• Excellent communications and presentation skills.
Qualities
  • Hustle. You need to be able to track down busy, influential people and get them to come to our events. This requires creative communication, research, persistence, and hustle.
  • Persistence. We mentioned this above, but it bears reiteration. You might need to email someone six times before you catch their attention. We need someone willing to push hard.
  • Communication. This position requires exceptional writing ability for private (email, mailing lists) and public (social media, blog posts) communications.
  • Curiosity. To excel in this role, you need to be able to build a deep understanding of each of the verticals we publish in. That means knowing the events, companies, products, and most importantly, people, in each of these verticals and having your finger on the pulse of any changes or developments.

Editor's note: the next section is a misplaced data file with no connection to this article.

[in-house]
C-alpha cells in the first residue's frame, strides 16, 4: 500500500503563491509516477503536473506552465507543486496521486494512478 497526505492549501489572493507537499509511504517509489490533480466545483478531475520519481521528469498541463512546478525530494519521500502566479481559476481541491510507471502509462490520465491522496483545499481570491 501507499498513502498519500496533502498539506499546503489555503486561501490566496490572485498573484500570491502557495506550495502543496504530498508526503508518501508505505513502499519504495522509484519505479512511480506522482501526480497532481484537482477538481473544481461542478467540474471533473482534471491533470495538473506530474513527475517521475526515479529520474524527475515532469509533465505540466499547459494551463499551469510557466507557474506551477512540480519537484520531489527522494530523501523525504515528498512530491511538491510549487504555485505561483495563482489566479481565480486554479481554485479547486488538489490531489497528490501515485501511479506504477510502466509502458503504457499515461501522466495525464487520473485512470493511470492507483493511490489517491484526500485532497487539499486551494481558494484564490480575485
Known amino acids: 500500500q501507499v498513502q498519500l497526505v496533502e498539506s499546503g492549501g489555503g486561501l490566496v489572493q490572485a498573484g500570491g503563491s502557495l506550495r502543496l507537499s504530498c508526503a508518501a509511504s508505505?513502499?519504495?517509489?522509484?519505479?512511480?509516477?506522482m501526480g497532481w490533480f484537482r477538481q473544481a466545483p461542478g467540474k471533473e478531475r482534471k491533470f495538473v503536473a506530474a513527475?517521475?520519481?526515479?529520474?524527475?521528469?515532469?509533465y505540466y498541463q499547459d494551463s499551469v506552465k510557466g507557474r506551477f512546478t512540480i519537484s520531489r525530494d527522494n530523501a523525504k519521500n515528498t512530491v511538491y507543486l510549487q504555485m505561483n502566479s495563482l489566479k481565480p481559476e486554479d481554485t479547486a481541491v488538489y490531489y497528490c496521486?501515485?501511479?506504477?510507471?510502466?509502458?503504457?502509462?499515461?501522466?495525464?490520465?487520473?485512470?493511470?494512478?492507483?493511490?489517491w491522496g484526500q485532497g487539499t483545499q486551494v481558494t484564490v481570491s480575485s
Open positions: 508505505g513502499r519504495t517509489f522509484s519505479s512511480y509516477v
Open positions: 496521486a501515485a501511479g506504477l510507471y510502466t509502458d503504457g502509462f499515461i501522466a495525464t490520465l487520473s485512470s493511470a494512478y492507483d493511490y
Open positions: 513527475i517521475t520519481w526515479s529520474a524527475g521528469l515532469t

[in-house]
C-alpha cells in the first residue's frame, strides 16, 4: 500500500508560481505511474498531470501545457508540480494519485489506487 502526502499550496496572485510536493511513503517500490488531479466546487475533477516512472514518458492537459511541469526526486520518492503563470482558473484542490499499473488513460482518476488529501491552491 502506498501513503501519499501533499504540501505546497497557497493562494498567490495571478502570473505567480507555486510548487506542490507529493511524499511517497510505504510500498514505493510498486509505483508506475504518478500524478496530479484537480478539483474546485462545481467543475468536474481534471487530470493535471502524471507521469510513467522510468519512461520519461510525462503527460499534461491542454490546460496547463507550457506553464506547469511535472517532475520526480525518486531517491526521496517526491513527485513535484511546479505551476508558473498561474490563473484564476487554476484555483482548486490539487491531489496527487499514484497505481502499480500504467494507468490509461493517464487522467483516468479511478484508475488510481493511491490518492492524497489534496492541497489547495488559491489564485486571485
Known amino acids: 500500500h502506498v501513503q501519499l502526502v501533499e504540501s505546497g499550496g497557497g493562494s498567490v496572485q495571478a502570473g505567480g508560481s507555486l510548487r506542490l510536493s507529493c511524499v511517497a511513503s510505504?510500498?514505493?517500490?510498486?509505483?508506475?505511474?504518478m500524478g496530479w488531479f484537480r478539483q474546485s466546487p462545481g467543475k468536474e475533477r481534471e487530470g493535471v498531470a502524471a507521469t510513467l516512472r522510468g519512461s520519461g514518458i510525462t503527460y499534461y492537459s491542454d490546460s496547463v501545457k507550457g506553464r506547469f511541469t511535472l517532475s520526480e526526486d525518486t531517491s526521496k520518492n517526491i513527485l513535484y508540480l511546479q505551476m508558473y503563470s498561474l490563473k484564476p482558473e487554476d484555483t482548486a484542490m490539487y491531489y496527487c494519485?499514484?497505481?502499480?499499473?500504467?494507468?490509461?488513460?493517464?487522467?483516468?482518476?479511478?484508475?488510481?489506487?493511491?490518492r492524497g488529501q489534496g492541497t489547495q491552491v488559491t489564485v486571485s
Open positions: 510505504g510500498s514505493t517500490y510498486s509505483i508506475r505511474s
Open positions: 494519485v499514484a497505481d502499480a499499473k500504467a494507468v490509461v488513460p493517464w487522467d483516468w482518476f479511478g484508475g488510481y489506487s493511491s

• Time-management & Organization. We have thousands of founders apply for our incubator, and tens of thousands come to our events. We have to manage a deluge of interest that results in a finite amount of deep engagement. This requires organization and time management skills.

This is a full-time position, splitting time between Burlingame and San Francisco.

Compensation: $80-100k/year, plus equity

Apply: https://launchevents.typeform.com/to/WpdStG


Inside.com is looking for a Community and content development manager

3 January, by Jason Calacanis[ —]

Cool gig at Inside.com….

Inside.com is a network of email newsletters. We publish high quality roundups that curate, summarize, and analyze all of the most important news in many different verticals and industries. Some examples are cybersecurity, electric vehicles, virtual and augmented reality, artificial intelligence, drones, and more.
Over the past 10 months, we doubled our entire subscriber-base. Then we doubled it again. Then we doubled it a third time. And we’re just getting started. We also track net promoter scores and all of our newsletters score between 66 and 89 – which is right on par with world-renowned products like the iPhone and the Tesla Model S.
Our editorial team is masterful when it comes to creating a “presidential briefing” style update in any of these areas, but we also want to bring in voices of industry leaders to level up the content of the newsletters. This program is loosely modeled off the LinkedIn Influencer program, which you can read more about here.